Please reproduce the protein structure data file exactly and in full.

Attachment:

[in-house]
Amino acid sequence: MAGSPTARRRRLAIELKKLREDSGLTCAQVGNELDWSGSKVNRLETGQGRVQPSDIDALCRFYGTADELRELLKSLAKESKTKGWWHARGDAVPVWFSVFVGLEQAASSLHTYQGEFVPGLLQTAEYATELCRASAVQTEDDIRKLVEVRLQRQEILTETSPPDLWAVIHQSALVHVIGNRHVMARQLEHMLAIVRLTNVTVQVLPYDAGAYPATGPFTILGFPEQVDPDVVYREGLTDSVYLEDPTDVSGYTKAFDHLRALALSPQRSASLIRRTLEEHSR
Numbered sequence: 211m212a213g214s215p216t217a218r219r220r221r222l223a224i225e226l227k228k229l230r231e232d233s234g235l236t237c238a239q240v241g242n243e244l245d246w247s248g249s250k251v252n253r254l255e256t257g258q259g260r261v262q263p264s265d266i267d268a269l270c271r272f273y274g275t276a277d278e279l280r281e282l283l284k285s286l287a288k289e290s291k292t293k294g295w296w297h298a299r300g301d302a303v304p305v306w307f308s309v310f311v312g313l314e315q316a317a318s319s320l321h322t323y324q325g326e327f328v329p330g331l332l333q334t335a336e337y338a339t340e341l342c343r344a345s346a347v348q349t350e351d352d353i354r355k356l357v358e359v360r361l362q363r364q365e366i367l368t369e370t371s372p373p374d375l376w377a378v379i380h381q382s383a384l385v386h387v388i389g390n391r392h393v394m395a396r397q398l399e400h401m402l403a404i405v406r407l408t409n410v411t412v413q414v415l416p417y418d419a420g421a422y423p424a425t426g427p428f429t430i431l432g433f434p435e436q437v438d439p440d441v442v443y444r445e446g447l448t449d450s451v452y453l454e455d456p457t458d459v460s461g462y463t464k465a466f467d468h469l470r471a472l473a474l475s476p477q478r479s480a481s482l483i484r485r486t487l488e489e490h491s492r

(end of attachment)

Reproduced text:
[in-house]
Amino acid sequence: MAGSPTARRRRLAIELKKLREDSGLTCAQVGNELDWSGSKVNRLETGQGRVQPSDIDALCRFYGTADELRELLKSLAKESKTKGWWHARGDAVPVWFSVFVGLEQAASSLHTYQGEFVPGLLQTAEYATELCRASAVQTEDDIRKLVEVRLQRQEILTETSPPDLWAVIHQSALVHVIGNRHVMARQLEHMLAIVRLTNVTVQVLPYDAGAYPATGPFTILGFPEQVDPDVVYREGLTDSVYLEDPTDVSGYTKAFDHLRALALSPQRSASLIRRTLEEHSR
Numbered sequence: 211m212a213g214s215p216t217a218r219r220r221r222l223a224i225e226l227k228k229l230r231e232d233s234g235l236t237c238a239q240v241g242n243e244l245d246w247s248g249s250k251v252n253r254l255e256t257g258q259g260r261v262q263p264s265d266i267d268a269l270c271r272f273y274g275t276a277d278e279l280r281e282l283l284k285s286l287a288k289e290s291k292t293k294g295w296w297h298a299r300g301d302a303v304p305v306w307f308s309v310f311v312g313l314e315q316a317a318s319s320l321h322t323y324q325g326e327f328v329p330g331l332l333q334t335a336e337y338a339t340e341l342c343r344a345s346a347v348q349t350e351d352d353i354r355k356l357v358e359v360r361l362q363r364q365e366i367l368t369e370t371s372p373p374d375l376w377a378v379i380h381q382s383a384l385v386h387v388i389g390n391r392h393v394m395a396r397q398l399e400h401m402l403a404i405v406r407l408t409n410v411t412v413q414v415l416p417y418d419a420g421a422y423p424a425t426g427p428f429t430i431l432g433f434p435e436q437v438d439p440d441v442v443y444r445e446g447l448t449d450s451v452y453l454e455d456p457t458d459v460s461g462y463t464k465a466f467d468h469l470r471a472l473a474l475s476p477q478r479s480a481s482l483i484r485r486t487l488e489e490h491s492r